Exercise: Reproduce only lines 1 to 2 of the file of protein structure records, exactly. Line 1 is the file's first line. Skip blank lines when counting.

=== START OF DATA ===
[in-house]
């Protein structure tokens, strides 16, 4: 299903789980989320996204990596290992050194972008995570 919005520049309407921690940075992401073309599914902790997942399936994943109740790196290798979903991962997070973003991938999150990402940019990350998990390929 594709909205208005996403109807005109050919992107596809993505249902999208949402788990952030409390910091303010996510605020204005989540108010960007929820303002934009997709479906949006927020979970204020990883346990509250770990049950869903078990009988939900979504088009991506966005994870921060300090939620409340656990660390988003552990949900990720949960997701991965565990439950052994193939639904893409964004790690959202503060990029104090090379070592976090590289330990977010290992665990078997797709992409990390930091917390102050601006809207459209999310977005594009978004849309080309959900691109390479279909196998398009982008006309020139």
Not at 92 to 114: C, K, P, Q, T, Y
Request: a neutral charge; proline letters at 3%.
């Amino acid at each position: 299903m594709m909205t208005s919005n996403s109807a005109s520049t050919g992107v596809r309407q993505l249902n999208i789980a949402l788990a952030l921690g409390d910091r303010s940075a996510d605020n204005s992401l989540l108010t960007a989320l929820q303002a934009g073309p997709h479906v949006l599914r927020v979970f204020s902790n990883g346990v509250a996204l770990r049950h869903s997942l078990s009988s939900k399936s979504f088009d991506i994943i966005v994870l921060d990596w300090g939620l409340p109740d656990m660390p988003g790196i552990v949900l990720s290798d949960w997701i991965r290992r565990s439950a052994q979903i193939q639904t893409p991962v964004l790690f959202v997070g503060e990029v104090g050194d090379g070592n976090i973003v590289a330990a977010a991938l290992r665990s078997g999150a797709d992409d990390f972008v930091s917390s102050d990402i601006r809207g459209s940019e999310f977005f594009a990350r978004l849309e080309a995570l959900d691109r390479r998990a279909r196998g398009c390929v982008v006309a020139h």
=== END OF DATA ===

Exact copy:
[in-house]
């Protein structure tokens, strides 16, 4: 299903789980989320996204990596290992050194972008995570 919005520049309407921690940075992401073309599914902790997942399936994943109740790196290798979903991962997070973003991938999150990402940019990350998990390929 594709909205208005996403109807005109050919992107596809993505249902999208949402788990952030409390910091303010996510605020204005989540108010960007929820303002934009997709479906949006927020979970204020990883346990509250770990049950869903078990009988939900979504088009991506966005994870921060300090939620409340656990660390988003552990949900990720949960997701991965565990439950052994193939639904893409964004790690959202503060990029104090090379070592976090590289330990977010290992665990078997797709992409990390930091917390102050601006809207459209999310977005594009978004849309080309959900691109390479279909196998398009982008006309020139």